There is a great deal of naval and maritime history in Plymouth. The Plymouth Museum And Art Gallery has a changing programme of exhibitions. There's the Mayflower steps memorial to the famous ship which took settlers to the New World in 1620. You can see the anchor which once belonged to HMS Ark Royal in Armada Way. But perhaps the best way to reflect on Plymouth's place in history is from the viewing platform in Mount Wise Park. The Plymouth taxi driver we asked for a lift there did not know where Mount Wise Park was, but this is a place that deserves to be better known. From Mount Wise you have a beautiful view down over Plymouth Sound. Information panels on the viewing platform give details of the many famous voyages which sailed out through the harbour entrance in front of you. Drake, Hawkins, Raleigh, Nelson and Cook all sailed out of Plymouth. The English fleet left here in 1588 to face the Spanish Armada. In 1620 the Mayflower sailed for America. 1831 saw Charles Darwin sailing out through Plymouth Sound aboard HMS Beagle. This was the beginning of a five year voyage which would eventually result in The Origin of Species, and a revolution in the way we look at the world.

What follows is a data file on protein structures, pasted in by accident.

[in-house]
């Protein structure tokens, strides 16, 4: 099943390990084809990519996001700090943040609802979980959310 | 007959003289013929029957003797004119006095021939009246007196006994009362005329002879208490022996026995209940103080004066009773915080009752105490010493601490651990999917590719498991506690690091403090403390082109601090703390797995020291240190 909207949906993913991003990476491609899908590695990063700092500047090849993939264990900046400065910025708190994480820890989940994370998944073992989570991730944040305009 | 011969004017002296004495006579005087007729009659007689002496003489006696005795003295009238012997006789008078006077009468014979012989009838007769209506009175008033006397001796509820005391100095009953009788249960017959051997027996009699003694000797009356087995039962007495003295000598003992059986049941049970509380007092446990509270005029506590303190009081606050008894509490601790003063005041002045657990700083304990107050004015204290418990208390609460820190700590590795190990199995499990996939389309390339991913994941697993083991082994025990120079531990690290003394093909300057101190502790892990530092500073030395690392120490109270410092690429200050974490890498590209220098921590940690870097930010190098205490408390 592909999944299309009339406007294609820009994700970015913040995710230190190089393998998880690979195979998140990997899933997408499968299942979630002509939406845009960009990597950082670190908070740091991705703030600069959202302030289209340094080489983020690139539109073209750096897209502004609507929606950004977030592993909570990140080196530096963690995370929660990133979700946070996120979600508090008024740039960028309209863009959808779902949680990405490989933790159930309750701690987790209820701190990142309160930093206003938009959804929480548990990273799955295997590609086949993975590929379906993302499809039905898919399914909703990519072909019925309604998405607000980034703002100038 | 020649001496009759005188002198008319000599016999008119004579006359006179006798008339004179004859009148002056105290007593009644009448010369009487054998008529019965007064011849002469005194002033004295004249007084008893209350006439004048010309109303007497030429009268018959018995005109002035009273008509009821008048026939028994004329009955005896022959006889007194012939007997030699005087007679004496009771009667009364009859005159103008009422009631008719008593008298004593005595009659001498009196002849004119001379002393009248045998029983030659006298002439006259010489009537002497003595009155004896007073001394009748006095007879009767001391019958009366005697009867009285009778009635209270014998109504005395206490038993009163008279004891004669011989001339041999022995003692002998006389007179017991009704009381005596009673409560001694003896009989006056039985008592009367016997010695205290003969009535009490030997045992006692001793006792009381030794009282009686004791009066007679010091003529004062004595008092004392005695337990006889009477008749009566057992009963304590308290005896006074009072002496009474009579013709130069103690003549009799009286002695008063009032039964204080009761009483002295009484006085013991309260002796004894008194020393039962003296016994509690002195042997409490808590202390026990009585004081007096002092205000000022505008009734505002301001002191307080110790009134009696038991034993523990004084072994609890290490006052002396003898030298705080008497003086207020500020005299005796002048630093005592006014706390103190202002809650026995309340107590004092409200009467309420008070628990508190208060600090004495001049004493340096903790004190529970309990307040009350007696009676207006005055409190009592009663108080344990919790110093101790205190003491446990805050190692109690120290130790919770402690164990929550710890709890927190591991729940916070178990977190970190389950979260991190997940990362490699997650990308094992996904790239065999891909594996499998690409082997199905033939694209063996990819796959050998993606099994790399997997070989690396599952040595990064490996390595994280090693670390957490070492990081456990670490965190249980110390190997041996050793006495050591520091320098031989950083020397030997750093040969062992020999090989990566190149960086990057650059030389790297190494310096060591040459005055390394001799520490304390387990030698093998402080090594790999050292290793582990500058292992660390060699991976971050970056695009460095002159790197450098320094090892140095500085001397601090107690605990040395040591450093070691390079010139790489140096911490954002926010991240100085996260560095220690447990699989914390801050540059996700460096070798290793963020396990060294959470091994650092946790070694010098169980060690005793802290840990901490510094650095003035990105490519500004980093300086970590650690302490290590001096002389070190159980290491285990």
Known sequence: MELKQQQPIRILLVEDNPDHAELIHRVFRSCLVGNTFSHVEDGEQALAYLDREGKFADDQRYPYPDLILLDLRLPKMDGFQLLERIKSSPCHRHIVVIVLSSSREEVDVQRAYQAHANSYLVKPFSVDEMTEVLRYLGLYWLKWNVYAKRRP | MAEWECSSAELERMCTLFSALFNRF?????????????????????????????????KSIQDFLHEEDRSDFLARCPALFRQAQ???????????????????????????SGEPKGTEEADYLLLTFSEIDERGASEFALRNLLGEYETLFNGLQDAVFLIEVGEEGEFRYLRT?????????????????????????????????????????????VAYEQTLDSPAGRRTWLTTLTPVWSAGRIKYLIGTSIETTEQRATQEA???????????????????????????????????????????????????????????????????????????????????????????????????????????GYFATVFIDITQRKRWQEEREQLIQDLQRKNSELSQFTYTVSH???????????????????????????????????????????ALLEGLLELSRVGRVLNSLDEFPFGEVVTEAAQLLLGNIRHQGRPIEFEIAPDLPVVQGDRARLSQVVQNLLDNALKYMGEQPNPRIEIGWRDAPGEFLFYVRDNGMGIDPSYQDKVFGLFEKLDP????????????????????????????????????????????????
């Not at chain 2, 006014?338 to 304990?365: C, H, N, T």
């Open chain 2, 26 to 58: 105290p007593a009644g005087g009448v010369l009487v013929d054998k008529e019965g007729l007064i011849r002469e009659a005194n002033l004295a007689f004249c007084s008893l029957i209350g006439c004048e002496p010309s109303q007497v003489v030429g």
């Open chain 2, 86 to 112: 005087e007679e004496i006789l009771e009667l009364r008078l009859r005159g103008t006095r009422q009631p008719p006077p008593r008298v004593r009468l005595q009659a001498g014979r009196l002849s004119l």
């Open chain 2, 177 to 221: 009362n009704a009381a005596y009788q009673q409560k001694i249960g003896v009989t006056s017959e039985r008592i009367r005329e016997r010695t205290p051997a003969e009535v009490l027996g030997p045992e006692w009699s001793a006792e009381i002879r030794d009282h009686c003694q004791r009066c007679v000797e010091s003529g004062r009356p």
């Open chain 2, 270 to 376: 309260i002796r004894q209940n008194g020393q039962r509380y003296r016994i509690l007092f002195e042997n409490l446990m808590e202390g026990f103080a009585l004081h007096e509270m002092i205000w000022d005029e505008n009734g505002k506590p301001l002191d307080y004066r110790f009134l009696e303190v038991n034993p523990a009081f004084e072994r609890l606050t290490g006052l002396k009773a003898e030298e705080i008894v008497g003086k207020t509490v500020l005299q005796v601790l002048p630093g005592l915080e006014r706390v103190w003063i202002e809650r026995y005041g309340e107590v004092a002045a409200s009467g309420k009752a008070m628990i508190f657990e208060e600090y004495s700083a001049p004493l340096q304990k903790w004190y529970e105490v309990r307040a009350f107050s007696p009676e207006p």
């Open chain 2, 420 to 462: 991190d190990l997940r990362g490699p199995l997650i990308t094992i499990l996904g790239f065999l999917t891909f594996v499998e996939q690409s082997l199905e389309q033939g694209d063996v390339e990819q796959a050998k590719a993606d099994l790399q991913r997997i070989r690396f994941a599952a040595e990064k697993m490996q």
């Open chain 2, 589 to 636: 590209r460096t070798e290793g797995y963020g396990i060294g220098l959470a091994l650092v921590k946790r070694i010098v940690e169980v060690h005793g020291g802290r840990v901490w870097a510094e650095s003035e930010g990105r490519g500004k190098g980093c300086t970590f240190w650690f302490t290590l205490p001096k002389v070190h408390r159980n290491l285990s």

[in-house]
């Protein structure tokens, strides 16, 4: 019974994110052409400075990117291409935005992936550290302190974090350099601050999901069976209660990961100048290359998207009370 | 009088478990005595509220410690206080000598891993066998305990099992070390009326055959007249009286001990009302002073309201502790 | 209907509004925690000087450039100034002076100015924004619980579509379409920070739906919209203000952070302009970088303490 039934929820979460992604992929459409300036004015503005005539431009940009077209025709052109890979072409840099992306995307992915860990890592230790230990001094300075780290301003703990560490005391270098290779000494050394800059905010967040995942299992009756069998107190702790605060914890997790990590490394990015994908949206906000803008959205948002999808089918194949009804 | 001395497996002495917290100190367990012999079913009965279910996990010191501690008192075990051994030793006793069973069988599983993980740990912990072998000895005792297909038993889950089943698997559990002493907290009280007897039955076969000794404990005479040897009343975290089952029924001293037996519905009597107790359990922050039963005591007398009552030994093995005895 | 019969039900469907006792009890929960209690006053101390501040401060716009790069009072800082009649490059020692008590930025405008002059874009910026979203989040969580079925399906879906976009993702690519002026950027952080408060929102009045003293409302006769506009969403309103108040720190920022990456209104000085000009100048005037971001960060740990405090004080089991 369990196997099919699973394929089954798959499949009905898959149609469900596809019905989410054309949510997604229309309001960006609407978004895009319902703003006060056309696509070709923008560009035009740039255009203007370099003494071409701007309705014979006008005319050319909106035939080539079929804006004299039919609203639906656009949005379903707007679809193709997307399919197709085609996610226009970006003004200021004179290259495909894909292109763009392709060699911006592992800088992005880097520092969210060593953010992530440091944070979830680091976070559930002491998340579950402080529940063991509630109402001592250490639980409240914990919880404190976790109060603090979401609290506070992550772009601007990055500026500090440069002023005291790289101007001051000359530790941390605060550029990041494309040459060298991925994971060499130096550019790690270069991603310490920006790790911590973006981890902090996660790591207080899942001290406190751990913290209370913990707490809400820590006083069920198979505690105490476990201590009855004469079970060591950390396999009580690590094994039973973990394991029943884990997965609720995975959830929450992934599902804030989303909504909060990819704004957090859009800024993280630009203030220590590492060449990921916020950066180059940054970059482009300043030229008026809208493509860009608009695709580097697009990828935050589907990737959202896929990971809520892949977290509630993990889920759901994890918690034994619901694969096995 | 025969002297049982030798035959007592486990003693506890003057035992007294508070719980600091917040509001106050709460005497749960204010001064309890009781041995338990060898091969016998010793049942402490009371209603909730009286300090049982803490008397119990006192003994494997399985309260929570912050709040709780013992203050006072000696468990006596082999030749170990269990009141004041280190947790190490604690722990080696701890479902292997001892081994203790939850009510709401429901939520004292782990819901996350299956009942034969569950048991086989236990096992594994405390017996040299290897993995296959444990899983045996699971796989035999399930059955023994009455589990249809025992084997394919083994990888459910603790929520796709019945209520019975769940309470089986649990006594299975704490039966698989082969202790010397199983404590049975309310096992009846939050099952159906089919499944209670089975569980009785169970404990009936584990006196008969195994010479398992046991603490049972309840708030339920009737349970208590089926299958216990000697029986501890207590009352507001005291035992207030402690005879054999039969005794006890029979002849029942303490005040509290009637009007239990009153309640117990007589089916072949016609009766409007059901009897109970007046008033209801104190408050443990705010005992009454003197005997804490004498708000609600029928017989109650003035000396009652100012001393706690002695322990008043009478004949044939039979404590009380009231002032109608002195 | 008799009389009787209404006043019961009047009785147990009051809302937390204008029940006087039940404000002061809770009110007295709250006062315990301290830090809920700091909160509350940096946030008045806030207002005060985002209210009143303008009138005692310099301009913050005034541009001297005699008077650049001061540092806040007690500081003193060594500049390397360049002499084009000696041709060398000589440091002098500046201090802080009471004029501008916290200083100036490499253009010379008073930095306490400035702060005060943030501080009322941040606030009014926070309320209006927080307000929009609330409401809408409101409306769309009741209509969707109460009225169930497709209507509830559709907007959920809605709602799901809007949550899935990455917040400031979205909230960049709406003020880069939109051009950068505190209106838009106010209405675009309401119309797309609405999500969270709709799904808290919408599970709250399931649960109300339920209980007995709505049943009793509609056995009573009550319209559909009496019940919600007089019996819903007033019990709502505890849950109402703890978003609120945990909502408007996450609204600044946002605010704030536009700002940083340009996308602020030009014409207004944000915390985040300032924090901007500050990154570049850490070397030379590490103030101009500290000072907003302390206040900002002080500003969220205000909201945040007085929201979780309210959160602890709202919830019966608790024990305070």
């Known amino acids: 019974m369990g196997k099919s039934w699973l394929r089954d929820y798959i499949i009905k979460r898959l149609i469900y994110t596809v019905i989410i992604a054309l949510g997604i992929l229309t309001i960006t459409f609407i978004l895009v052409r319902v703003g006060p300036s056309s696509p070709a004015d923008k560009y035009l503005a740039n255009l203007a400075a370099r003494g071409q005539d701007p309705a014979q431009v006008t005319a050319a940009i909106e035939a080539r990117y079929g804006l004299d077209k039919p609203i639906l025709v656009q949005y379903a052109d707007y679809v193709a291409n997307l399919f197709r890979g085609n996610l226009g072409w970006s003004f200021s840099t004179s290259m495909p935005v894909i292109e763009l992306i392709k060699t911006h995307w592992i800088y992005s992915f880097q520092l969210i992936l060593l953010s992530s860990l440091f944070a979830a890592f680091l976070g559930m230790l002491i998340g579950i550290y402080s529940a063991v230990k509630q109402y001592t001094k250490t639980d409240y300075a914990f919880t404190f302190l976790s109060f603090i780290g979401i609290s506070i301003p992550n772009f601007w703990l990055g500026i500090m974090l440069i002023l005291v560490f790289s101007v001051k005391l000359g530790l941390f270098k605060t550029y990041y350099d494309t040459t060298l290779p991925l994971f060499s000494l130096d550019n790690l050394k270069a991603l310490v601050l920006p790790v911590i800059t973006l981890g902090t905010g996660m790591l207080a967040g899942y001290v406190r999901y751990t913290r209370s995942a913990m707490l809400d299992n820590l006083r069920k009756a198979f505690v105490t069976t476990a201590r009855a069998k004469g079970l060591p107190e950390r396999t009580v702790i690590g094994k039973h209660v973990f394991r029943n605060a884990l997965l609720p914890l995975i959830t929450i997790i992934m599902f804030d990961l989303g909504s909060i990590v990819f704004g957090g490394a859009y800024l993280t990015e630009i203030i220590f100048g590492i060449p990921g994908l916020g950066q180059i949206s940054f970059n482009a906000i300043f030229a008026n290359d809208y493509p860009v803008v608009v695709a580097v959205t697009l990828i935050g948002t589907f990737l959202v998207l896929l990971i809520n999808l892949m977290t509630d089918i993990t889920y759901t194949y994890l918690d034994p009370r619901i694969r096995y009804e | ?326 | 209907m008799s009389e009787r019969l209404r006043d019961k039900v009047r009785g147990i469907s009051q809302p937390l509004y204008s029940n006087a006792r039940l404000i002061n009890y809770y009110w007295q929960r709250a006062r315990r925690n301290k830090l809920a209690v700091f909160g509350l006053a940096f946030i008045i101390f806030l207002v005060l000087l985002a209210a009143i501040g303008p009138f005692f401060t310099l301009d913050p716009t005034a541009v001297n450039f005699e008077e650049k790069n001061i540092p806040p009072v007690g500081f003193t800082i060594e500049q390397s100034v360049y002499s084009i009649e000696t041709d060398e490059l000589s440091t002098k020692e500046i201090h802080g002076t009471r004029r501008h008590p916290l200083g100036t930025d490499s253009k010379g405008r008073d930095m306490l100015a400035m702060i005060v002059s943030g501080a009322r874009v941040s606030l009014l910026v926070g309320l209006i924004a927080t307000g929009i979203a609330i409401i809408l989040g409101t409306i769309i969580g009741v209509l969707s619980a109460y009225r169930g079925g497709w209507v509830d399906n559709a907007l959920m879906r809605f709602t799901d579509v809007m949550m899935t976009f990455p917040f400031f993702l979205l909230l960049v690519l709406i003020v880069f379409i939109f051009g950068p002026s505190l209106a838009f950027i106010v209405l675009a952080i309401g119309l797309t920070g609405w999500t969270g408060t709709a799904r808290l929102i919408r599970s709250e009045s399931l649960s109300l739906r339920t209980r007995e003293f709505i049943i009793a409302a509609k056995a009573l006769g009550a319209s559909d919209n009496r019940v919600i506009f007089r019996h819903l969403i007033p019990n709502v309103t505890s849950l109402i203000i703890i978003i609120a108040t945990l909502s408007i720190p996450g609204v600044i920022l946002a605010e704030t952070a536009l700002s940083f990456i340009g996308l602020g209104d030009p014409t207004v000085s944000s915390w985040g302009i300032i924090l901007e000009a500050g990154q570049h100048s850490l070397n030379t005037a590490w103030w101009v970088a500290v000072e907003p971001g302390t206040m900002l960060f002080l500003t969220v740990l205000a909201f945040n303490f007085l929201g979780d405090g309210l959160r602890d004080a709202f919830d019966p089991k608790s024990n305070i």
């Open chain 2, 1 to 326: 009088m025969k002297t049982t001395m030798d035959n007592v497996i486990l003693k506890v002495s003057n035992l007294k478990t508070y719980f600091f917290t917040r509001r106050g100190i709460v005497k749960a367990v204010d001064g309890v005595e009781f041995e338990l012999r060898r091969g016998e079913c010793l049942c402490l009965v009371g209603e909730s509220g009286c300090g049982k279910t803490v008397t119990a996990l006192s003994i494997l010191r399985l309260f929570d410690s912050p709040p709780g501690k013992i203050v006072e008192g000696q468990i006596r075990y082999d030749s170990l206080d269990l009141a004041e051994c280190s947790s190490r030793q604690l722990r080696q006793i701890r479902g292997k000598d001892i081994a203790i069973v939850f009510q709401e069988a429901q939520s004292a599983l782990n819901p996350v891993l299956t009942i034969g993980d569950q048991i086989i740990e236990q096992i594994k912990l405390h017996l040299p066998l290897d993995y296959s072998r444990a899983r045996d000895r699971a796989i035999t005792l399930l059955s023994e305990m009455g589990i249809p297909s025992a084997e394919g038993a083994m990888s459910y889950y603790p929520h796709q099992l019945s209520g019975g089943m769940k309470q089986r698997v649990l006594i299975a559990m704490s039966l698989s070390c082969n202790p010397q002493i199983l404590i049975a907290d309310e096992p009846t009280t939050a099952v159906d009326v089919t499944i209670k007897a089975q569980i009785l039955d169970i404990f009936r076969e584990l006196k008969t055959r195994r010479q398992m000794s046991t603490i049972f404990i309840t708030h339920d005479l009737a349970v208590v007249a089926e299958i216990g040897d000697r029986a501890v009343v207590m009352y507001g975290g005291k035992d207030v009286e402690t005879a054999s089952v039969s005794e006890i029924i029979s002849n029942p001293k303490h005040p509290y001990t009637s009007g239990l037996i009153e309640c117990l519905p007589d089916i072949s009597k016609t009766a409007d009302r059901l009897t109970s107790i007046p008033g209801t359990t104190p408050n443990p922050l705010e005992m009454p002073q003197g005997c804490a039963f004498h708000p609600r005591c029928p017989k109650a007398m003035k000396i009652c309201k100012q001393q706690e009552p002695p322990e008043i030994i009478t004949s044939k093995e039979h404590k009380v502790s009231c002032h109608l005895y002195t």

Part of the Scott Memorial
Mount Wise Park also has a memorial dedicated to Captain Robert Falcon Scott who died on his return journey over the Antarctic ice cap, after reaching the South Pole in 1912. Scott was born near here. A short passage from his final diary entry is laid out on the ground around the monument.
Directions: Coming into Plymouth on the A38, continue through the city, following signs for Devonport. At the top of Devonport Hill watch out for signs indicating a left turn to Mount Wise. Click here for an interactive map centred on Mount Wise.
Access: There are steep slopes and steps up to the viewing platform, but the view from easily accessible areas of the park is still very good.